[00:25:18] Get really crystal clear on what truly I’m called to be doing for these people that I’m. So this just kind of led to one thing, to another. You know, I mean, Zach, you’re an entrepreneur, and I just kept throwing stuff at the wall. Yeah, I love that. And when you continue to get affirmation on Oh yeah, this and that, and then you continue to be in conversation with, my clients are men.
[00:25:42] I’ve worked with a couple women. They’re mostly like young Olympic athletes, but. It was like, Okay, gotta go deeper here. I gotta go deeper here. And then, that’s just where I’m at today, man. Just sitting in this gap with brothers, just helping them walk through and there’s a consistent theme with every single one of my clients it’s amazing when you really get down to the root of every single one I work with, whether it’s leadership team or whatever, It all comes down to their unfulfilled in some area of their life, despite success.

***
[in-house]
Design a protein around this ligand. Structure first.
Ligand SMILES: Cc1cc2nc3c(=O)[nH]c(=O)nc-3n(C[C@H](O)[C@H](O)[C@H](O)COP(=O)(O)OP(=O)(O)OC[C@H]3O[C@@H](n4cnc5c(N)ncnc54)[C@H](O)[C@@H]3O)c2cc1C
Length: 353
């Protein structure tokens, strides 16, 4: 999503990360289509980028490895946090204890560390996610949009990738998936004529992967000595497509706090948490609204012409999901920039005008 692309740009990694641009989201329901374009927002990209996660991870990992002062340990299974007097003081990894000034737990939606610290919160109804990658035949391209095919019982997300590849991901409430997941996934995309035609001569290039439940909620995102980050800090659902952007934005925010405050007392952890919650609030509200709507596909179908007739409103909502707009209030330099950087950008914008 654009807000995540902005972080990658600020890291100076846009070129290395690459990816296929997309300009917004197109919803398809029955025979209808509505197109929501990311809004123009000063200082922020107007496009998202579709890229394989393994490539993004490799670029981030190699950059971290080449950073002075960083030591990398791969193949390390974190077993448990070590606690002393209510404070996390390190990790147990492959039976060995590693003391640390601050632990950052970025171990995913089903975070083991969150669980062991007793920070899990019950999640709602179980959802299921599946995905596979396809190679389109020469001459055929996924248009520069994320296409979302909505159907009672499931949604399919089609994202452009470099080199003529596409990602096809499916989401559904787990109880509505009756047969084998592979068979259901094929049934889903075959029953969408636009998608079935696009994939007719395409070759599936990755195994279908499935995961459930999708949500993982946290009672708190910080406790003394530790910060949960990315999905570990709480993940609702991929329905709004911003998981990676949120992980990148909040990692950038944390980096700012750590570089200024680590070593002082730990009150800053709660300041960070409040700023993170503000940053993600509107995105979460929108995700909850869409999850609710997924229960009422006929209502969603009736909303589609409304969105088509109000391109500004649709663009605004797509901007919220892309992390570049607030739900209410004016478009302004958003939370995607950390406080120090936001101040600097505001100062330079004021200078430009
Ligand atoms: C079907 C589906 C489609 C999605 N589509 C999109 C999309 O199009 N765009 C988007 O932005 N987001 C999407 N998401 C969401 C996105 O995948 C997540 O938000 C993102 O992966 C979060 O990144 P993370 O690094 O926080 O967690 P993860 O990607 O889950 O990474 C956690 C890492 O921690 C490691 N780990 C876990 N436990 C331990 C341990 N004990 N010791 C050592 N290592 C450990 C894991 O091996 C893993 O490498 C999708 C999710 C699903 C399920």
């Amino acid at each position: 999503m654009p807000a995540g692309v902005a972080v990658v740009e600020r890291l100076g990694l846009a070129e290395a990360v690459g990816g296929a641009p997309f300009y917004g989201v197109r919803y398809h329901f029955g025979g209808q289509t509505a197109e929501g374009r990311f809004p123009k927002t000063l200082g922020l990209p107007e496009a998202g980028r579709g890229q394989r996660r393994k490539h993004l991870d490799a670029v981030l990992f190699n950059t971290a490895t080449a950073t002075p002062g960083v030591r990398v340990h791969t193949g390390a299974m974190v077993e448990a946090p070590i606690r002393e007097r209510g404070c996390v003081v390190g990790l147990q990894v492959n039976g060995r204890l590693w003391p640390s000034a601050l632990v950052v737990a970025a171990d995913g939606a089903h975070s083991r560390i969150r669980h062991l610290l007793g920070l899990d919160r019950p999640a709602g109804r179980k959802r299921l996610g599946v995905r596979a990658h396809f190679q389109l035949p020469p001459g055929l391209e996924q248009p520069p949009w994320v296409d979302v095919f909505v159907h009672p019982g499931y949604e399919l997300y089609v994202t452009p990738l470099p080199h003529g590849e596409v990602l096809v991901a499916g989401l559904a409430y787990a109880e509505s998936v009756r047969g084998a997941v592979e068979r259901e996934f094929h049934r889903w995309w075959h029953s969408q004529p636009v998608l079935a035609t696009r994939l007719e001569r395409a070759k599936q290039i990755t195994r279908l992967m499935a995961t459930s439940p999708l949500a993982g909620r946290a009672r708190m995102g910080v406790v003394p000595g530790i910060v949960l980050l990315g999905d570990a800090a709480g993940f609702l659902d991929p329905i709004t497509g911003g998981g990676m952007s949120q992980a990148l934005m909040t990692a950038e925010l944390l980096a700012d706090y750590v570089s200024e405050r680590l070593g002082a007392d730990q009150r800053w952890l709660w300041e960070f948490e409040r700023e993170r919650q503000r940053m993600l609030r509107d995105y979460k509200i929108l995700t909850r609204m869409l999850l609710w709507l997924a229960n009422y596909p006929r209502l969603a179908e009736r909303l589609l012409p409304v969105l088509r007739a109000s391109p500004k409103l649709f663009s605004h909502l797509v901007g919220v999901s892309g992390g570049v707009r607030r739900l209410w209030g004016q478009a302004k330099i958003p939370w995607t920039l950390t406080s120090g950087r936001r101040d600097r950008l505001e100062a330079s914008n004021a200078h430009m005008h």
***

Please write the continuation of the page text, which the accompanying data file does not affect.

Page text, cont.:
[00:26:21] It’s crazy, man. I know you and I were talking about this a little bit before we hit record. It’s amazing. So yeah, instead of pretending it doesn’t exist and not talk about it and not lean into it and not get curious on why, why am I feeling that way? Or why does this not feel right? We have to continue having this conversation,
[00:26:45] Zach White: J.R.
[00:26:46] Your comment, moment ago about leaning into powering coaches training, studying mastery of this domain of not just. How to be a great mentor and build your coaching business, but to be an incredible husband, an incredible father, et cetera. One of the things with engineers, and I’ll own this because I, I am one, the, the ego, the intellect.
[00:27:14] This idea of I can learn my way and get smarter in any. oftentimes creates this sort of lone wolf like, I’m just gonna sit and study and master this on my own and, and kind of get out of it. But I also heard you say you started working with some of the best coaches on the planet to help you through that.
[00:27:32] And I was wondering if you could bring your perspective, how do we create the right balance between Yes. Use that strength of intellect and studying and learning and you know, understanding the science, but also like when is it time to. Help.
[00:27:45] James Reid: Yeah. now. . Okay, now. Good answer. So, look man, athletes, we kind of have egos too.